The first step is that somebody’s got to map out how their mind works. So, this could apply to anxiety. This could apply to any habit, and it really goes back to the survival mechanism, trigger behavior results. That’s what drives any habit. So, for anxiety, the feeling of anxiety is the trigger. The mental behavior of worrying is the behavior. And the other behaviors could be procrastination. There could be a bunch of things that we could substitute in there. And then, the result is we get some reward out of it from our brain’s perspective. And then, that drives the loop. If we’re not aware of it, there’s no way we’re going to be able to work with it. When you bring awareness in, it helps people pay attention to the cause and effect relationship. So, when we’re worrying, what are we getting from the worry? So, I have people ask that simple question. What am I getting from this?” Is it solving the problem? No. Is it keeping my family member safe? No. So, whatever we think the worrying is doing besides just occupying our mind and making us more anxious, we’ve got to really dive into our experience and see the worrying’s actually just making us more anxious. It’s not helping us. That helps us become disenchanted with the behavior of worrying just like when we overeat and see that it’s not helpful we become disenchanted from that behavior or smoke a cigarette or procrastinate or whatever.

The antidotes: self-kindness

Our brains are based on they’re going to do behaviors that are more rewarding. We’ve got to give our brains something that’s more rewarding, and it’s not just staring at our phones because those avoidance things just create other problems. It’s about tapping into things that are intrinsically rewarding and that don’t become habituated. So, with those self-judgmental or the catastrophizing habit loops, the antidote there is self-kindness. What’s it feel like when we judge ourselves? Oh, I’m a terrible person versus what’s it like when we’re kind to ourselves which could be as simple as, “Oh, that’s my brain. Let me bring a little bit of self-compassion in here.” My survival brain’s just a little out of whack. It’s trying to help me survive, pat our brain on the head so to speak and say, “Okay. This direction is compared to this direction.” It feels much better to be kind to ourselves. That’s the bottom line.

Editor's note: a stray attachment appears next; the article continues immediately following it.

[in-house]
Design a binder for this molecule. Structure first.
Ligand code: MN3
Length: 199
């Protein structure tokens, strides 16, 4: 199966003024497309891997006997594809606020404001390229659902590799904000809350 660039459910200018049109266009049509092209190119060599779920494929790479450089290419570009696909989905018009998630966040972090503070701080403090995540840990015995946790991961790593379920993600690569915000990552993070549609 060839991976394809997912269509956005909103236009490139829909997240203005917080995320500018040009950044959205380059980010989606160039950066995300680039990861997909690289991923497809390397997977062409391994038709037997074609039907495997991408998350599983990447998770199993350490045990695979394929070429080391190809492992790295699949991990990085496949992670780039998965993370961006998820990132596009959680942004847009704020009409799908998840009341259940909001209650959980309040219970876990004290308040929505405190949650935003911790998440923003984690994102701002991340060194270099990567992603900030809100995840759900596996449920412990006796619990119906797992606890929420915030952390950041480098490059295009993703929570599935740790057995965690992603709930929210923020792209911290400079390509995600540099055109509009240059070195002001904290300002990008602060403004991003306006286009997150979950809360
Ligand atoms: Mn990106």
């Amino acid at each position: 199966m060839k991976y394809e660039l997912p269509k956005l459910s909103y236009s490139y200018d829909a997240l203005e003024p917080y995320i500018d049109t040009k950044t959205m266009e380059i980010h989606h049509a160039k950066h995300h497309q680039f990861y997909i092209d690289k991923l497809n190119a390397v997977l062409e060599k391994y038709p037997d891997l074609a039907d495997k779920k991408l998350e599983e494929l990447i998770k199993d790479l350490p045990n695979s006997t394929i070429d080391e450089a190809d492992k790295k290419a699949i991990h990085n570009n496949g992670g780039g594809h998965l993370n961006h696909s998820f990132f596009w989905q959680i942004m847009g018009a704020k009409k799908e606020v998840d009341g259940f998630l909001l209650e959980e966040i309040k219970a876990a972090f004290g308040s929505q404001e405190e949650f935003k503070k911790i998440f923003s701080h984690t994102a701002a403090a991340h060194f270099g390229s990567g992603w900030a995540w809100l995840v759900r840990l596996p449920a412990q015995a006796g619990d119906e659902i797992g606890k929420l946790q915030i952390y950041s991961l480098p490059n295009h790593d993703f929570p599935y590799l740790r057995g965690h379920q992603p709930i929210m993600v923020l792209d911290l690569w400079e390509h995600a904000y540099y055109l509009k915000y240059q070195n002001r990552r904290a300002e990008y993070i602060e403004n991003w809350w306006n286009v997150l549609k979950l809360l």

The antidotes: curiosity

Curiosity is a direct antidote to anxiety. So, again, my lab’s done these studies. It’s going to sound like a no-brainer. But we’ve got to do the studies to show that it’s true. Anxiety feels contracted. Curiosity feels expanded. Which one feels better? Curiosity universally feels better than anxiety. So, in a moment that we’re anxious, we can actually get curious and dive in. So, I’m sure you know the phrase the only way out is through, right? We turn toward our anxiety, and instead of going, “Oh, no, I’m anxious. What’s wrong with me? Blah, blah, blah,” we go, “Oh, this is anxiety. What does it feel? Oh, is it tightness? Is that anxiety? Is it restlessness? Is it that? That oh is the curiosity that already feels better, and helps us see these are just physical sensations that come and go rather than something that’s going to be an ailment forever. And it helps us change our relationship to those physical sensations and, in the process, helps us step out of the anxiety loop.

What does he recommend to people looking for “relief” from an issue they’re having?